• First time pitching the novel
  • Each time pitching the novel
  • Each time the manuscript is sent to an editor or agent
  • Each rejection letter
  • Getting an agent
  • Getting a publishing contract

Some of these milestones are not in the writer’s control, but many of them are. Each incremental step forward should be acknowledged, and preferably celebrated. The small steps are what lead to the finish.

Am I missing any milestones that you celebrate? Let me know in the comments.

In Need of A Rapid Writing Revamp?

Over the summer, I made this image and immediately recognized that it has all the elements of a cover for my novel. I’m printing it out and posting it above my desk for inspiration.

I am.

I need to get my butt in the seat and start writing again.

For the months of September and October, my creative muses were busy directing The Mousetrap, but that show is running without my help now and it is time for me to return to writing.

I am creaky.

I need to stretch, warm up, and start slowly.

So, here’s what I’m doing:

  • Daily writing. I don’t care how much it is, but I will write something for my novel every day this month.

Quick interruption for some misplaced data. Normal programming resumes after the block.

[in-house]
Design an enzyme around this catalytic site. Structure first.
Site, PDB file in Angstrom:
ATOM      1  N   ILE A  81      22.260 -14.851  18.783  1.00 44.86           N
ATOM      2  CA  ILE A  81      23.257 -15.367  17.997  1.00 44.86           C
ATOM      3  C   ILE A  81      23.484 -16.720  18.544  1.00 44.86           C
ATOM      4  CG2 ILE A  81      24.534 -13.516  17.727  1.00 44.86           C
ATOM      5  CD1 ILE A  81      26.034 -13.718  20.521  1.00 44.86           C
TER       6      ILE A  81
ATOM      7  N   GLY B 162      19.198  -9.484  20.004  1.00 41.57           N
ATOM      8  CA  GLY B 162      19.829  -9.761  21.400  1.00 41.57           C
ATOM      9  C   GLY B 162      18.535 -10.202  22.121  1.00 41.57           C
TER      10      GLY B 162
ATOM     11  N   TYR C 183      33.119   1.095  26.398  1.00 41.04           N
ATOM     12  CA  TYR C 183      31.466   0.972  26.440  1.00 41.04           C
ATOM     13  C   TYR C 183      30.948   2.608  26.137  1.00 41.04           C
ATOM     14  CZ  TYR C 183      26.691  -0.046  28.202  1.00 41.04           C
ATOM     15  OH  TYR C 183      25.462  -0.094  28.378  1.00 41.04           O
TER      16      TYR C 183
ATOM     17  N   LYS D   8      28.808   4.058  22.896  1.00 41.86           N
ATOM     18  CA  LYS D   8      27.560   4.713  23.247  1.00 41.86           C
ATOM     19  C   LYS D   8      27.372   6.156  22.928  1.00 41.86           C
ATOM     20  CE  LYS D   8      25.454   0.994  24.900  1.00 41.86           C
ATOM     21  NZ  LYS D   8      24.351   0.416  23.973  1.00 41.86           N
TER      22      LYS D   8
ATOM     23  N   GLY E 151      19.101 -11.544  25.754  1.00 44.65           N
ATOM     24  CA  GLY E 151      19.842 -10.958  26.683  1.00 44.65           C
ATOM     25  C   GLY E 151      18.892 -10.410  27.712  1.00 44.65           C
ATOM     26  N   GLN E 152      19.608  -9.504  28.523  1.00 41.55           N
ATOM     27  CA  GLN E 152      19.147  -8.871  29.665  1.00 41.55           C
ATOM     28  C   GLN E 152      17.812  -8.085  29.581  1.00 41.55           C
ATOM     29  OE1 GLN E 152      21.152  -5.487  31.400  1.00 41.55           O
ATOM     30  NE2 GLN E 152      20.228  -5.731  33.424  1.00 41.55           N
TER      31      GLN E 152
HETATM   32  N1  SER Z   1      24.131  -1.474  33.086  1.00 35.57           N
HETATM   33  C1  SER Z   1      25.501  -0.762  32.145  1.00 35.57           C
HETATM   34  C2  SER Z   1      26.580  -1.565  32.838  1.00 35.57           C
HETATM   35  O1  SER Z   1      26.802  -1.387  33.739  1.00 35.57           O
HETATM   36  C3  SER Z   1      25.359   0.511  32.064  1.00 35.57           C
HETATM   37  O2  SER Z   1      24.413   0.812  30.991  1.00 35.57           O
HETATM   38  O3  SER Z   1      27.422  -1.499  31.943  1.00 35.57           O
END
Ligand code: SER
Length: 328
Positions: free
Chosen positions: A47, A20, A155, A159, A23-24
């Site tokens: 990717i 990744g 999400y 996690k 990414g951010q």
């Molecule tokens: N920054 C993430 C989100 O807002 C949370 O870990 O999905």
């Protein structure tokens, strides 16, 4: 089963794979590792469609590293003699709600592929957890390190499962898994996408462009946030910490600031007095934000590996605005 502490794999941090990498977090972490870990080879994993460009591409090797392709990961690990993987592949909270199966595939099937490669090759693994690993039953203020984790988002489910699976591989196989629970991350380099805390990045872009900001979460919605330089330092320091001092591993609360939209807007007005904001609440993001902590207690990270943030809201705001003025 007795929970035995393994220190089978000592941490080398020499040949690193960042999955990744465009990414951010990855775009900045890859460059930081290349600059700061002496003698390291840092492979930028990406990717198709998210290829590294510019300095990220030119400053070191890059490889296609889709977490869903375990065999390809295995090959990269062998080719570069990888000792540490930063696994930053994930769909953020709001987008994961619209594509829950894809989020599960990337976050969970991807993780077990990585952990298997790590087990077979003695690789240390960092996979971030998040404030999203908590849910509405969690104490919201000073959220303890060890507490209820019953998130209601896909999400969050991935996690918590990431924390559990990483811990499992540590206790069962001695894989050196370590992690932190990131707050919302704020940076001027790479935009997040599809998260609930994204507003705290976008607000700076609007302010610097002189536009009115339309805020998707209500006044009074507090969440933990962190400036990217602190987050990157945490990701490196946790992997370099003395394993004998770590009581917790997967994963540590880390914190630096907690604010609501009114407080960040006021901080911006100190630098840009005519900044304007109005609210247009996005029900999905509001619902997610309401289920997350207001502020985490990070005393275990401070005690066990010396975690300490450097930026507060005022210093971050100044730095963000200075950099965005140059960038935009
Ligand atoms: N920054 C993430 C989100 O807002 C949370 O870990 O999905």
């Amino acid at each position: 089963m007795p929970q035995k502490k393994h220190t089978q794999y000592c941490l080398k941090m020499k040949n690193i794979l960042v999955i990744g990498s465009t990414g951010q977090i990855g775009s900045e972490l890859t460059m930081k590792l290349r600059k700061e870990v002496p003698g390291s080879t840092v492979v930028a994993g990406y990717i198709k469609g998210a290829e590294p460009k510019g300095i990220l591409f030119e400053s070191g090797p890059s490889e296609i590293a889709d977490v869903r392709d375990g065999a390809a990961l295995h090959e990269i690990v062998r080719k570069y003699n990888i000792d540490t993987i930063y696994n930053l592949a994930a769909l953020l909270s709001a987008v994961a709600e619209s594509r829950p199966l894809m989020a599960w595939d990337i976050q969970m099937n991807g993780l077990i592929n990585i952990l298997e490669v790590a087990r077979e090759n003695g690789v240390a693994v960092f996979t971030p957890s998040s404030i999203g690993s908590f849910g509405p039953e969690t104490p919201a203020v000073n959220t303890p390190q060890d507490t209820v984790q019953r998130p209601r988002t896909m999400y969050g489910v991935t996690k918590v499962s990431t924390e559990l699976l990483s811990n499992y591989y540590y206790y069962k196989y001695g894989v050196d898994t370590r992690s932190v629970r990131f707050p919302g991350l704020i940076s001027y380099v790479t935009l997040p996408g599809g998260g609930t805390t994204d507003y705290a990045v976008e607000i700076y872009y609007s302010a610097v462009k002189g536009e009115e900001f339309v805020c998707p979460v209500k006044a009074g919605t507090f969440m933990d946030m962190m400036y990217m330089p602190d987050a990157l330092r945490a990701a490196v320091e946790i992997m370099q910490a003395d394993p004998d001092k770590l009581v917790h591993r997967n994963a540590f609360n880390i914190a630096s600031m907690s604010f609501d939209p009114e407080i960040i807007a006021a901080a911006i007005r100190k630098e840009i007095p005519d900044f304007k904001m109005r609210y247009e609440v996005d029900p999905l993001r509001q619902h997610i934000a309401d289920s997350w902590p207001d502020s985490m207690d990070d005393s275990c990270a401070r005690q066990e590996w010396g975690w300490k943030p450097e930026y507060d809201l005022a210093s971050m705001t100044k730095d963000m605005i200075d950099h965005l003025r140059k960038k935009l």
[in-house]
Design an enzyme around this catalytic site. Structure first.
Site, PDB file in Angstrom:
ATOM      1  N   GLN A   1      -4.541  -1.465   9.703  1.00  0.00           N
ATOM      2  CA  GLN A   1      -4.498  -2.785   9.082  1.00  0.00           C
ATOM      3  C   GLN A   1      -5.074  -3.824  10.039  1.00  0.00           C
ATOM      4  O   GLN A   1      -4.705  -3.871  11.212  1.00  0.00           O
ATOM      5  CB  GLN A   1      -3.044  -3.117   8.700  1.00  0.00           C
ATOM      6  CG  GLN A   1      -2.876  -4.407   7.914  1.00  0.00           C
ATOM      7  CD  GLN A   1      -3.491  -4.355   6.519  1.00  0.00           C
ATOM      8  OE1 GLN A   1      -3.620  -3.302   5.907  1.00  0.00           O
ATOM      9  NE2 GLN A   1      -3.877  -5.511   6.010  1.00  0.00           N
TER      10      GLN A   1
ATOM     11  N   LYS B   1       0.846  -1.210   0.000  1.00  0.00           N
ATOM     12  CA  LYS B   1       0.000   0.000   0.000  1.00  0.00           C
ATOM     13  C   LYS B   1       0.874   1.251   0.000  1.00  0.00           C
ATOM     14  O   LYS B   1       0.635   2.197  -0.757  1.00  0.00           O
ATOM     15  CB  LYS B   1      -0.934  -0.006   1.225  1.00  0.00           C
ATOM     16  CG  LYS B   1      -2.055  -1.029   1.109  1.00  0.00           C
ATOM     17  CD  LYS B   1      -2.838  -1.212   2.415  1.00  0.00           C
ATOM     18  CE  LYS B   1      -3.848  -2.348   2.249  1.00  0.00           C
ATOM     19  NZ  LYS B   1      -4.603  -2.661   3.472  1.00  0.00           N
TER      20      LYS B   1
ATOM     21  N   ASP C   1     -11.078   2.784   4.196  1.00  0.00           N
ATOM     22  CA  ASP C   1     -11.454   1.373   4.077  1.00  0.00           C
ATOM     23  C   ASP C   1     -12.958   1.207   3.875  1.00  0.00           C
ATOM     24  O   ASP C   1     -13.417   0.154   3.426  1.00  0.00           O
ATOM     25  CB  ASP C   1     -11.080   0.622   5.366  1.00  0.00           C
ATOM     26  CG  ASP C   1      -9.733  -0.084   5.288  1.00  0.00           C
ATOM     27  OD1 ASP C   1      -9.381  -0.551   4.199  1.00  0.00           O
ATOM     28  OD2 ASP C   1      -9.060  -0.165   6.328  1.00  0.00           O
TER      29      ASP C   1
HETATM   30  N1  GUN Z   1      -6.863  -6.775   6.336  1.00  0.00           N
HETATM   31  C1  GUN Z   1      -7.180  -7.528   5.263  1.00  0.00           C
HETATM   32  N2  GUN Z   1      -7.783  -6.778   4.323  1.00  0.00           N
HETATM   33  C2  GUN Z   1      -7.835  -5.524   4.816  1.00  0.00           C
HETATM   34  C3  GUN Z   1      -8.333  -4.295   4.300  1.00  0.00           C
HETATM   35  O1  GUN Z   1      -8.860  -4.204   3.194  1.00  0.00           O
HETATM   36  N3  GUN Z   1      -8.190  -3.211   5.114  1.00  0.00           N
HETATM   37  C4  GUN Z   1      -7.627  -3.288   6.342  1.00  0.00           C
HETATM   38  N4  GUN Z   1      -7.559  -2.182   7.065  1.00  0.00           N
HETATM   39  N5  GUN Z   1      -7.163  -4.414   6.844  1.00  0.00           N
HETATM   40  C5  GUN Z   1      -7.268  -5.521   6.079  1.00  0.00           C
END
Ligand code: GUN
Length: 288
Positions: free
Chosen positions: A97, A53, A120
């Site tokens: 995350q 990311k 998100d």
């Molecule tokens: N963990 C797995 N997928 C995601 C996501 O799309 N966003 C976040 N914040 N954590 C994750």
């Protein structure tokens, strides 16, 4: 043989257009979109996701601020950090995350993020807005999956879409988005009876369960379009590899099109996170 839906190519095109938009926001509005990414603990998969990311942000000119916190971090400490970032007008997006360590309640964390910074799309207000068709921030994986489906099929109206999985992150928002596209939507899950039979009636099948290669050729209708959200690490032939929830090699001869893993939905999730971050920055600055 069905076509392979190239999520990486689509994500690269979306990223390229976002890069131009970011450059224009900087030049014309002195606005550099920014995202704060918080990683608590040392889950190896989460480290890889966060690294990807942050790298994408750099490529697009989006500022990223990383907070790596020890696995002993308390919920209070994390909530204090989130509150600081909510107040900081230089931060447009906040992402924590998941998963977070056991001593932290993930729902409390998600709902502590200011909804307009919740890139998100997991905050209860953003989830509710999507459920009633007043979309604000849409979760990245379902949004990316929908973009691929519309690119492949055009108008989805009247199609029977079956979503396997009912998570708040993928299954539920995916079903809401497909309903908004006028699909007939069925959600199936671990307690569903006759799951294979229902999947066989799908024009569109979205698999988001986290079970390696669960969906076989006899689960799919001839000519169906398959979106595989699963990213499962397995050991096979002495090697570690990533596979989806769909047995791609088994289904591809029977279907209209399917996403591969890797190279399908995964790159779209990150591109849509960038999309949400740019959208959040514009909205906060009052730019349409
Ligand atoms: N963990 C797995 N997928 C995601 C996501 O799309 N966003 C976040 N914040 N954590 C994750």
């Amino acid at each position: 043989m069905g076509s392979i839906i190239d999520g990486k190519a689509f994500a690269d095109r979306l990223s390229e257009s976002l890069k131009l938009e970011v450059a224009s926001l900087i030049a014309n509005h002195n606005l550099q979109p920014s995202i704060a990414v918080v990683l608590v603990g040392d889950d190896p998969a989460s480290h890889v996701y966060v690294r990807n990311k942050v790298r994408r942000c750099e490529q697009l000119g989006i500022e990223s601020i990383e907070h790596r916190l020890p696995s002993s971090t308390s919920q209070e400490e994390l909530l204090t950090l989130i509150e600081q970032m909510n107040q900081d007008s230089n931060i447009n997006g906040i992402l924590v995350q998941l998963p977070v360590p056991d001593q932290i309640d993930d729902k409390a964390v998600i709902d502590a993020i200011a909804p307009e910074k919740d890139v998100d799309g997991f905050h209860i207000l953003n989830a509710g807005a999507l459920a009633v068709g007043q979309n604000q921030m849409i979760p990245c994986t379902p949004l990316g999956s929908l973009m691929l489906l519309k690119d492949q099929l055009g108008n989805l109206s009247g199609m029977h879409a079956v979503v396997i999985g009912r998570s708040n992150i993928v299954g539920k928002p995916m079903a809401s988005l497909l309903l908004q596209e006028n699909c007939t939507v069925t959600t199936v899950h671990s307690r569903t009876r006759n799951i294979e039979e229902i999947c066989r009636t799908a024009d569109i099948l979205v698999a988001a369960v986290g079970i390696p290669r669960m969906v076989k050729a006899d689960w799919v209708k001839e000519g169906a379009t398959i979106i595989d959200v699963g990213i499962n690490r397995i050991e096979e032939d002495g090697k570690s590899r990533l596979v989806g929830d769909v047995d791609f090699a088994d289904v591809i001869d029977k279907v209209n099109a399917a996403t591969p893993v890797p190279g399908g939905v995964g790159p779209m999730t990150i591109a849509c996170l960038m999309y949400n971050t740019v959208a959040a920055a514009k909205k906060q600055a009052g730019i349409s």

• Giving myself permission to suck. After a break, I am rusty and I know it will take some time to sink back into the voice of my novel.
  • Shaking Things up a Bit. I need to feed my muse. In my case, I am reading political theory and attending World Fantasy Convention. The political theory will feed me indirectly, giving me material to use in building a world, if not in this novel, then in a later one. World Fantasy Convention will remind me of the breadths of my genre, rather than the specific limits of my novel. But, the key is not that they will be useful projects, but that they are projects that thrill me. Getting my muse revved up for a new project will help me find the discipline for daily writing.

What am I missing? What do you do when you need to get back into a groove after a break?

Notice the Good Stuff

I have a new post on working with Emotional Intensity over at An Intense Life. Although I never say so in the post, it draws heavily on an InterPlay technique. Like all InterPlay techniques, it seems simple but has profound effects.

Notice the Good Stuff and Choose More of It

Notice the Good Stuff. It sound so simple, but for many of us it requires a huge shift of focus. Notice the good stuff. Not the peeling wallpaper, the nasty thing someone said in passing, the cleaning that didn’t happen, the new wrinkle around your eyes. Not those.

Pay attention to the beauty of a dew drop on a leaf, the smile from a stranger, getting up from the sofa without the twinge in your back you have come to expect. Pay attention to the part of your writing that works, the warmth of a cosy sweater, the email from your spouse asking if they can pick you up something as they stop at the store after work, the relaxation that follows a deep exhalation.